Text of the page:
The Federal Transit Administration recently recommended that the MTA add more elevators to its 469 stations, making it compliant with the Americans with Disabilities Act (ADA). While the citywide upgrade would come at a cost of $1.7 billion, according to the Wall Street Journal , it would be a highly beneficial undertaking. As the FTA reports, New York paradoxically has the most ADA-compliant systems among the 10 largest subway systems in the country but the smallest percentage of accessible stations.
These are positive developments but some that are long overdue, as I learned this winter. Following recent knee surgery, I was forced to rely on crutches—and the New York City subway system.
As a 24-year-old ballet dancer, I have been injured before. But this was the first time I convalesced in New York. For the first three weeks after my surgery I took only cabs and Ubers—I was too unsteady for public transportation—but then I decided to save money and return to the subways. However, neither station near my Greenpoint apartment was ADA accessible. Currently, only 23 percent of stations are accessible for disabled passengers.
Not only is there a scant number of accessible stops―in the outer boroughs, some train lines’ ADA-compliant stations are few and far between. For instance, there are only three accessible J train stops in Brooklyn and Queens (Marcy Avenue, Flushing Avenue, and Jamaica Center).
This situation is pitiful, considering that San Francisco’s BART and Washington DC’s Metro are 100 percent accessible. It would be easy to dismiss this disparity, given that New York’s subways are much older than either city’s transportation system. But the Boston T is seven years older than ours, yet is 74 percent accessible. These cities, unlike New York, have made their disabled riders a priority.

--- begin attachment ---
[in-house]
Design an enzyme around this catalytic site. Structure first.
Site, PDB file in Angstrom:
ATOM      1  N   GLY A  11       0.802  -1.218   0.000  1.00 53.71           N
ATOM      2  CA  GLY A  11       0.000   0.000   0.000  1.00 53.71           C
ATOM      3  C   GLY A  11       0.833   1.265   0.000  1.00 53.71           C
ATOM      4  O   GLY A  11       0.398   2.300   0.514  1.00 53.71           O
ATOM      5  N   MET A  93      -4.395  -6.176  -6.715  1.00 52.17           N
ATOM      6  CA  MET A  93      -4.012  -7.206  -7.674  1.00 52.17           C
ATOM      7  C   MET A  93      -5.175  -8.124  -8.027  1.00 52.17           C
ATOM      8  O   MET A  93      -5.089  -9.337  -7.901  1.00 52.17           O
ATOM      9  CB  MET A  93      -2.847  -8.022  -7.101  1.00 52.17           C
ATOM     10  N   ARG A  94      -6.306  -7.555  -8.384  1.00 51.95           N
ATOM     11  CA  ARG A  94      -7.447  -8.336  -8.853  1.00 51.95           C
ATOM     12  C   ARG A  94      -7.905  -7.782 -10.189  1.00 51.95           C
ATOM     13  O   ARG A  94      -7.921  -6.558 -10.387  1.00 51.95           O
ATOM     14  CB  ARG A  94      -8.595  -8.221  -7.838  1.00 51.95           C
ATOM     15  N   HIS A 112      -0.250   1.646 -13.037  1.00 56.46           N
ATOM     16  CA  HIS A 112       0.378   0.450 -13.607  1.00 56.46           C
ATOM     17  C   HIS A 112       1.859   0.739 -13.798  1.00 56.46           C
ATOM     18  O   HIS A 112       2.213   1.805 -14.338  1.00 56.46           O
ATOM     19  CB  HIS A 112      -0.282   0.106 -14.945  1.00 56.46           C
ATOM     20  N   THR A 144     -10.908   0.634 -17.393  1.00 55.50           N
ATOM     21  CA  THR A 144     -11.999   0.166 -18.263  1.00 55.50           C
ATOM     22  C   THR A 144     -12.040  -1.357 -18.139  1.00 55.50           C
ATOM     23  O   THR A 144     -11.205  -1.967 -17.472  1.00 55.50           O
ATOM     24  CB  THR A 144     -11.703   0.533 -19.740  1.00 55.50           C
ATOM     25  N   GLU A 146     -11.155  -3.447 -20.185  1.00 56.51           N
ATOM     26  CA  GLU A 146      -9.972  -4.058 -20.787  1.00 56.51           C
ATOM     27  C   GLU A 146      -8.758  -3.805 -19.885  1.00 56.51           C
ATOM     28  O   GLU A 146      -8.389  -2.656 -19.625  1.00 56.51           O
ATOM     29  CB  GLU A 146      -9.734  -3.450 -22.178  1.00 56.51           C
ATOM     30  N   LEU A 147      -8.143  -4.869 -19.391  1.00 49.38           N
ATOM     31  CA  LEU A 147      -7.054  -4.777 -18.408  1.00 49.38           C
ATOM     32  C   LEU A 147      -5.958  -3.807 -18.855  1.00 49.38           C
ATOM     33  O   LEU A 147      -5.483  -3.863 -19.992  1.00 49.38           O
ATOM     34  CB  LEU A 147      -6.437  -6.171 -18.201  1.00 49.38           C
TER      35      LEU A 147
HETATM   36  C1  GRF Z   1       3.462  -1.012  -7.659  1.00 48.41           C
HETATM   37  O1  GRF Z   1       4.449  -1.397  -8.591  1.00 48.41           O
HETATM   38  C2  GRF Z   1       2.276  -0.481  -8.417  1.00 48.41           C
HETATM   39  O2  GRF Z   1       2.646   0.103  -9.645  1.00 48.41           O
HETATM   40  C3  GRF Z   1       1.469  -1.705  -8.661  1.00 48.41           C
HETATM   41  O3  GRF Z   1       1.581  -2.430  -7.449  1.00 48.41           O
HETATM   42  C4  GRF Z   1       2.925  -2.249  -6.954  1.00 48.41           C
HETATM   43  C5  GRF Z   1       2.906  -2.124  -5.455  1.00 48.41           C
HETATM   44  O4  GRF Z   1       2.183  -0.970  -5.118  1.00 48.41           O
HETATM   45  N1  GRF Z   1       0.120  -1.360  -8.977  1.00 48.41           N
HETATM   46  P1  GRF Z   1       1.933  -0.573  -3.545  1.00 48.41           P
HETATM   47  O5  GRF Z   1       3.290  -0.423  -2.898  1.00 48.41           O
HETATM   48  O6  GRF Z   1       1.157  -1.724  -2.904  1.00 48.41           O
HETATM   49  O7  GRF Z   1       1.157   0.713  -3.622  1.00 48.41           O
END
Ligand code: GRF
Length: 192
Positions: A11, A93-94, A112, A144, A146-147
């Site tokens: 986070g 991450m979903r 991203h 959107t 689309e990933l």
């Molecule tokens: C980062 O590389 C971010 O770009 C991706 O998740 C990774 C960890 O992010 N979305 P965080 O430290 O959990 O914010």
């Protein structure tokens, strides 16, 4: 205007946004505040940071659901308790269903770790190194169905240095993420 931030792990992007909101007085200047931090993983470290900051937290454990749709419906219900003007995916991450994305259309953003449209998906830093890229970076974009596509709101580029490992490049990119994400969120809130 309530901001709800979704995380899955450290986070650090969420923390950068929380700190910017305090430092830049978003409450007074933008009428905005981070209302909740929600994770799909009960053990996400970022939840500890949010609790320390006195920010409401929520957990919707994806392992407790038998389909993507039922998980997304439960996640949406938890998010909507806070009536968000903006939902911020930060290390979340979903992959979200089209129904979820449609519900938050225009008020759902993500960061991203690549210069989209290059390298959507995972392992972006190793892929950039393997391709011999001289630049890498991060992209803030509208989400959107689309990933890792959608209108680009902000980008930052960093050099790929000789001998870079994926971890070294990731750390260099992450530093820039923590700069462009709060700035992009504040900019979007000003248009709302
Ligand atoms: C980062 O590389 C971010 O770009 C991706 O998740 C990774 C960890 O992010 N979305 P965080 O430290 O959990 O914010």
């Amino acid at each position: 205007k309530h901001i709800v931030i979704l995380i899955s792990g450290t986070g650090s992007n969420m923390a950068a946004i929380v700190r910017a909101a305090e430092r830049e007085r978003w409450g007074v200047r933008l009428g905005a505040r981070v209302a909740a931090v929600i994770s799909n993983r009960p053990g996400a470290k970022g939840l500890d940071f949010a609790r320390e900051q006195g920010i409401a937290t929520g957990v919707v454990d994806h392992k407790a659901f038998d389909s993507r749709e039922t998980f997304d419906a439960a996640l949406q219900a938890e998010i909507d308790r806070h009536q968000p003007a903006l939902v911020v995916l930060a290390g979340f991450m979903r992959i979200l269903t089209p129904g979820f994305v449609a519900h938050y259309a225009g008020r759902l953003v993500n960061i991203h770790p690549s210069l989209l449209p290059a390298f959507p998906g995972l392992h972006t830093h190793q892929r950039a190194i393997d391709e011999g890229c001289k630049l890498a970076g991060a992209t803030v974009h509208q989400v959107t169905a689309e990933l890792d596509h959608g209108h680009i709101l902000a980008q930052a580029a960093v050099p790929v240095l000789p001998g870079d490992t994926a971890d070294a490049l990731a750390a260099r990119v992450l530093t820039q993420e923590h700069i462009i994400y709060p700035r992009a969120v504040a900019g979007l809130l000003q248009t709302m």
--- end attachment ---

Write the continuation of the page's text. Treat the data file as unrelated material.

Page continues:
On my first attempt at the subway as an injured passenger, I realized that a trip that took 30 minutes before surgery required an hour and a half. But it wasn’t the added time I minded so much; it was the pain-producing stairs. When I transferred to the L at Lorimer Street, there were three flights of stairs to conquer before getting to my train. Each excruciating step was made more precarious by the droves of other straphangers on their morning commute.
After my operation, I started to notice how many people deal with a disability as they travel in the city. Every day I witnessed old men with canes, wearily determined as they shakily walked the platforms and struggled up the stairs. It wasn’t until I joined their ranks that I truly appreciated their challenge. Of course, I had it easy. My disability had a shelf life.
More than one-in-ten New Yorkers, about 800,000, are disabled. And as Baby Boomers grow older, they too will need more elevators to ease their commutes. Yet our transportation system is geared towards the young and the fit and discriminates against the old and the disabled. It sends a stark message: they don’t belong.
I often smirk at the MTA “Courtesy Counts” ads plastered inside the trains. “Offer your seat to an elderly, disabled, or pregnant person,” the placards instruct. In this way the MTA puts the impetus of accessibility on passengers, while offering few solutions. The Authority announced plans to provide 33 stations with elevators over the next four years, raising the number of accessible stations to just 30 percent.
We can move faster.